Custom calling conventions

Alex Rønne Petersen xtzgzorex at
Tue Feb 21 09:10:38 PST 2012

On 21-02-2012 18:03, Manu wrote:
> On 21 February 2012 16:59, Michel Fortin <michel.fortin at
> <mailto:michel.fortin at>> wrote:
>     On 2012-02-21 11:03:09 +0000, Manu <turkeyman at
>     <mailto:turkeyman at>> said:
>         So I was thinking about this extern(language) thing, the obvious
>         ones are
>         supported, but it would be really nice to be able to implement
>         custom
>         conventions for other languages/scripting languages.
>         For instance, I'm thinking about Android, I have JNI binding code
>         everywhere, it's really ugly.
>         I'd love to be able to declare:
>           extern(Java) int someJavaFunc(int x, float y)
>         And then use my function like any regular function, with the
>         'extern(Java)'
>         bit handling the JNI business behind the scenes.
>         I also regularly interact with javascript, lua, C#/mono, and
>         these could
>         all be implemented the same way.
>         I'm imaging some mechanism to declare a calling convention
>         (which would be
>         resolved within the extern(...) statement), and define it with a
>         template,
>         something like:
>         callconv Java
>         {
>           R call(T...)
>           {
>             // process tuple of args, make the call, return something?
>           }
>           R thisCall(Class, T...)
>           {
>             // also need a way to implementing methods... this might be
>         enough.
>           }
>         }
>         Some fancy code in there could conceivably call into any foreign
>         language,
>         and this would be great!
>         Now when I: import java.jni;
>         I have the jni interface, but I also have access to
>         extern(Java), and
>         that's awesome! :)
>     In all currently existing cases, extern(Lang) offers not only a way
>     to declare and call foreign-language functions, but also a way to
>     define functions to be called from the foreign language. Basically,
>     you have two-way compatibility. How would that work with Java?
> Interesting point.
> Java (or any VM based language) can't hard link to the binary, so it
> never could try and call back in through an extern-ed function directly,

Sure it could. Why wouldn't it be able to? This is how extern + 
DllImport works in C#.

> it must be explicitly supplied the pointer in the first place. In that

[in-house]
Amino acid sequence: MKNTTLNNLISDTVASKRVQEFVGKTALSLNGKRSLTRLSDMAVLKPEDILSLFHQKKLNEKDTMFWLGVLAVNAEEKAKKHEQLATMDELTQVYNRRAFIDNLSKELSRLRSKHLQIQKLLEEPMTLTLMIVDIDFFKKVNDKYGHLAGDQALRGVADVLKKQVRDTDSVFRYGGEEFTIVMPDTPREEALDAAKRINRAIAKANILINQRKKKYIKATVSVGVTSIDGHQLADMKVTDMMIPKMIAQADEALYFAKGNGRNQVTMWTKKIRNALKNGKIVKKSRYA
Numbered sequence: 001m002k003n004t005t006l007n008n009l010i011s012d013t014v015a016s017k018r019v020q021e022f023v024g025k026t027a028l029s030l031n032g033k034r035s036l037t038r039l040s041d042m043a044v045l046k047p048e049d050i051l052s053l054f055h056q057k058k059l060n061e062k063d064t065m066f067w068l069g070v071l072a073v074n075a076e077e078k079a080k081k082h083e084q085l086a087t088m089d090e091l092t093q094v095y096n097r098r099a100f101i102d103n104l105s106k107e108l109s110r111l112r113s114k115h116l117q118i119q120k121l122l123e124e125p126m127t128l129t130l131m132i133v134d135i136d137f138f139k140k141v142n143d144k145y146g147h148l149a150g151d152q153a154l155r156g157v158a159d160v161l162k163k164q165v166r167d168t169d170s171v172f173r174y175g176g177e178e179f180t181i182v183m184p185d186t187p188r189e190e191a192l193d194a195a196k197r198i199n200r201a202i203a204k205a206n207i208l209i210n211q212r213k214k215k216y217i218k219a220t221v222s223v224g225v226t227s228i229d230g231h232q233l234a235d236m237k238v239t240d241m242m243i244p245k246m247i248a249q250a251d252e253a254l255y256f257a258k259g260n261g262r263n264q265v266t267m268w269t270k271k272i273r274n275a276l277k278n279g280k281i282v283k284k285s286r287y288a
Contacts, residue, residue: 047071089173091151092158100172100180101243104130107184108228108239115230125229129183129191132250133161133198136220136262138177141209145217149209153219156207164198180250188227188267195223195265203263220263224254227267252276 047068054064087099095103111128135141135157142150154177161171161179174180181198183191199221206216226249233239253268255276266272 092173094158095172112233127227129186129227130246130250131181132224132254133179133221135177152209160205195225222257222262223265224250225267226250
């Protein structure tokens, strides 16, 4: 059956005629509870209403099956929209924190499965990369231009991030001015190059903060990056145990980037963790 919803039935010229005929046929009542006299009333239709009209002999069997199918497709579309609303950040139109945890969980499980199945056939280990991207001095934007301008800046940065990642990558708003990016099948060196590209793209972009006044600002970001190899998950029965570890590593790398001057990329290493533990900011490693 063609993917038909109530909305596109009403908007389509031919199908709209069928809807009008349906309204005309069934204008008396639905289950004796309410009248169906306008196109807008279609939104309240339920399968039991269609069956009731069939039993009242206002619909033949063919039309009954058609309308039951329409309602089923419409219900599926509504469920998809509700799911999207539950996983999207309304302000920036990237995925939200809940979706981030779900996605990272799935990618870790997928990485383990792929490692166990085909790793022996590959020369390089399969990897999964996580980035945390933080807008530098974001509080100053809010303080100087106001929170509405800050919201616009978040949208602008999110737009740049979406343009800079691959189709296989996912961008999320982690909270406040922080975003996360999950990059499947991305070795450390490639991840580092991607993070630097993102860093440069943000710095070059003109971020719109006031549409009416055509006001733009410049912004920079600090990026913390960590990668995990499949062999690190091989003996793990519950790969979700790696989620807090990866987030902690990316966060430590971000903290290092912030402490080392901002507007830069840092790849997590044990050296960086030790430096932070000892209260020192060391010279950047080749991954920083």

> case, the API that supplies the callback to Java can produce the
> appropriate incoming call wrapper.
> I can imagine a way to doing a hard-extern under my proposal if you were
> hard linking against an unsupported language language... you might need
> to provide a name mangler in the definition block I describe to match
> the foreign language, and an incoming call template would also need to
> be defined as a naked function with the responsibility of managing the
> args/stack appropriately, and calling the externed function as a regular
> D-call (this would probably only be some light register/stack
> management, I don't think it would bloat a lot). This would allow D code
> to also call the externed function, since the physical definition is
> still a D-call, you just call it directly internally.
> Anyway, while I can imagine a solution, I don't think it would be needed
> immediately. It'll just open a further can of worms like foreign
> language struct layout as people try to use it in complex scenarios ;)
> I don't think this reduces the usefulness of my proposal at all though,
> ie. being able to apply it to outgoing calls for any foreign language.
>     - - -
>     Also, I see you're thinking about methods, which means you're
>     thinking about declaring Java classes. How is that supposed to work
>     exactly?
> Well I was thinking about that with respect to calling functions on
> classes that I have imported from a foreign language, not declared
> locally for export to a foreign language.
> I clearly didn't think that through though, I'll try and clarify my
> thoughts to that end... I get the feeling that idea was a dead-end though.
>     I have some experience bridging Objective-C and D. I once built a
>     complete wrapper system for Objective-C objects, each object was
>     wrapped by a D one. It worked very well, but it generated so much
>     bloat that it became unusable as soon as I started defining enough
>     classes for it to be useful. See the D/Objective-C bridge:
>     <
>     <>>.
> What was the primary cause of the bloat? I can't imagine my proposal
> causing any more bloat than the explicit jni call (or equivalent) woudl
> have otherwise.
>     Maybe you'll have more luck, but for me wrappers just couldn't
>     work.. So I decided making the compiler understand the Objective-C
>     runtime and object model was a much better solution. It was fun to
>     do and wasn't that hard actually. Here's the result:
>     <
>     <>>. Unfortunately I don't have
>     much time to work on it anymore.
> That sounds appropriate for Obj-C, but I don't think it applies to VM
> based languages however you slice it, since there's not actually a
> direct binary linkage. There's no way to know about the
> Java/.NET/Lua/etc object model internally, the VM owns that entirely, so
> you're forced to marshal through API's. That's okay though, you have to
> do it anyway. I'm proposing a way to unify the concept of calling
> functions without obscuring the actual call with junk, and still
> allowing the D language to annotate and optimise to its fullest extent.
>     More background:
>     <
>     <>>
>     --
>     Michel Fortin
>     michel.fortin at <mailto:michel.fortin at>

- Alex

More information about the Digitalmars-d mailing list